Drinking and Alcoholism

When did names like Fat Tire and Sam Adams become as familiar -- in certain circles -- as the names Bud, Miller, and Coors? On this edition of StudioTulsa, we are discussing the craft beer movement (or should we say craze?) in America today -- how it began, why (and where) it has caught on, and how it relates to key concepts like race, ethnicity, class, and gender. Our guest is J. Nikol Beckham of Randolph College in Virginia, where she is an Assistant Professor of Communication Studies specializing in such pop-culture fixtures as television, popular music, and food.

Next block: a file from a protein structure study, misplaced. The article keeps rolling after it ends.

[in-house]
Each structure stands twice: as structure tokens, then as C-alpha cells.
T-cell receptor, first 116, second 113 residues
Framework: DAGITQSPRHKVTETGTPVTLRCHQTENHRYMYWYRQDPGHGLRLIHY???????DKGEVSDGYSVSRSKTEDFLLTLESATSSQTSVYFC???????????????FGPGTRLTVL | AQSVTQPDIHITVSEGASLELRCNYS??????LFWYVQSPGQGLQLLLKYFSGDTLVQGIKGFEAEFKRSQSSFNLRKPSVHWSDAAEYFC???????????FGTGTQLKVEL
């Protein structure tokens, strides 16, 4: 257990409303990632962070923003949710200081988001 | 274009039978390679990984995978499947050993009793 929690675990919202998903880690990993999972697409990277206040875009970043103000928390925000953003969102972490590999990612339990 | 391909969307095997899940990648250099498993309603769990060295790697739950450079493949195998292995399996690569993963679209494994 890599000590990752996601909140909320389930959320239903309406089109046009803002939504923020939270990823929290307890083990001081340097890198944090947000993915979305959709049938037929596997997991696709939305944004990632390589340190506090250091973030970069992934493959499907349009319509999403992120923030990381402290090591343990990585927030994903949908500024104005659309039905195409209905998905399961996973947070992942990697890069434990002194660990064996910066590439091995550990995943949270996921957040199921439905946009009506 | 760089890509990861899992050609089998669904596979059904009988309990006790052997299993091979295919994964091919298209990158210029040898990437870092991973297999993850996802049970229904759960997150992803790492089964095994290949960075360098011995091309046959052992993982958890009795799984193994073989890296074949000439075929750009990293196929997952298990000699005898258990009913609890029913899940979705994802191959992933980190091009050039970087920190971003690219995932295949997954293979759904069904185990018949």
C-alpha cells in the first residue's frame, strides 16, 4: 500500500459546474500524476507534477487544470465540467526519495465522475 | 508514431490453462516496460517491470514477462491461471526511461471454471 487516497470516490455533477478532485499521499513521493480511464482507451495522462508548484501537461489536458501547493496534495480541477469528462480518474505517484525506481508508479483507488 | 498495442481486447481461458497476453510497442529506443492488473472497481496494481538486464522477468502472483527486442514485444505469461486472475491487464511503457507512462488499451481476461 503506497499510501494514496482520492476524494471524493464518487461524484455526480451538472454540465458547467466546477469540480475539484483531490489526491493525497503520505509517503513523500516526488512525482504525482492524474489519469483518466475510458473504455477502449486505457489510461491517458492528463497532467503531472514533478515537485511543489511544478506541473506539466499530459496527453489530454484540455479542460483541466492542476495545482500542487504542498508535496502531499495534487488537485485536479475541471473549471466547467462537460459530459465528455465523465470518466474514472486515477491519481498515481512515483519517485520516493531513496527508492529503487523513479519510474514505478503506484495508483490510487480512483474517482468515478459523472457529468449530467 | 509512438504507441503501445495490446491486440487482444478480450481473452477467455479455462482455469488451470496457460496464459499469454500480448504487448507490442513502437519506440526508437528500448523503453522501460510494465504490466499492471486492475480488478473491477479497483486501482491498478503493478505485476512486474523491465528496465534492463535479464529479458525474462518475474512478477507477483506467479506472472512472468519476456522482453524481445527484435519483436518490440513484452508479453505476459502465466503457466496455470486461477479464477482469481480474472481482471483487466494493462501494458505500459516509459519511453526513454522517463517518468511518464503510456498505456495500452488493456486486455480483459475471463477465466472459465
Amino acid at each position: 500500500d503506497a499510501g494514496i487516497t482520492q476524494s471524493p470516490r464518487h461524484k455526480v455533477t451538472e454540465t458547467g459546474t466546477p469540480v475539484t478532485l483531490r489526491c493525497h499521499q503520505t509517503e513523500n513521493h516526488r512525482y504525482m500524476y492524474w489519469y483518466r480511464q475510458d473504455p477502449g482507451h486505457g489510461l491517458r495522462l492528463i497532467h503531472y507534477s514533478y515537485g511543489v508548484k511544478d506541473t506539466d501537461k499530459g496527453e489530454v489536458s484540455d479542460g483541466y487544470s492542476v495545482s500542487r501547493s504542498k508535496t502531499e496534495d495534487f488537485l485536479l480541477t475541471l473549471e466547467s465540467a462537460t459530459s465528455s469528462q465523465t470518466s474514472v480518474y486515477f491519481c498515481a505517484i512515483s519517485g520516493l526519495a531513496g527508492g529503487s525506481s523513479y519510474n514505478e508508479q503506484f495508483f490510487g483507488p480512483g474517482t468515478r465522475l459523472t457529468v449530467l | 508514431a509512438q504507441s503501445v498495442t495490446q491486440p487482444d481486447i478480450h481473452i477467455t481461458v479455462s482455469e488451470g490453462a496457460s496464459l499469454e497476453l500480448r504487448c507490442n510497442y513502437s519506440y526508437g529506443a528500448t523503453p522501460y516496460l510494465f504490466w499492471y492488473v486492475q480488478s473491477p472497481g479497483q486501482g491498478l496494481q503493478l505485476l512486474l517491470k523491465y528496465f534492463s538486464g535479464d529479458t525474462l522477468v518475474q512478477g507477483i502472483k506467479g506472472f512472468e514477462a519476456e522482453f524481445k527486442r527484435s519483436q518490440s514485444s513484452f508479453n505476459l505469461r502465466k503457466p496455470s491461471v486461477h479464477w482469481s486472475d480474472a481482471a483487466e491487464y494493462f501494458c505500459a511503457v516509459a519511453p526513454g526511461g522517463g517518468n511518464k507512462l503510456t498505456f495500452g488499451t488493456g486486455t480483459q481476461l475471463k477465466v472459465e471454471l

On this edition of ST, we speak by phone with Robert Dudley, who's a Professor of Integrative Biology at the University of California, Berkeley, as well as a Research Associate at the Smithsonian Tropical Research Institute in Panama. Prof. Dudley tells us about his interesting "drunken monkey hypothesis," which (per its Wikipedia entry) "proposes that human attraction to ethanol may have a genetic basis due to the high dependence of the primate ancestor of Homo sapiens on fruit as a food source.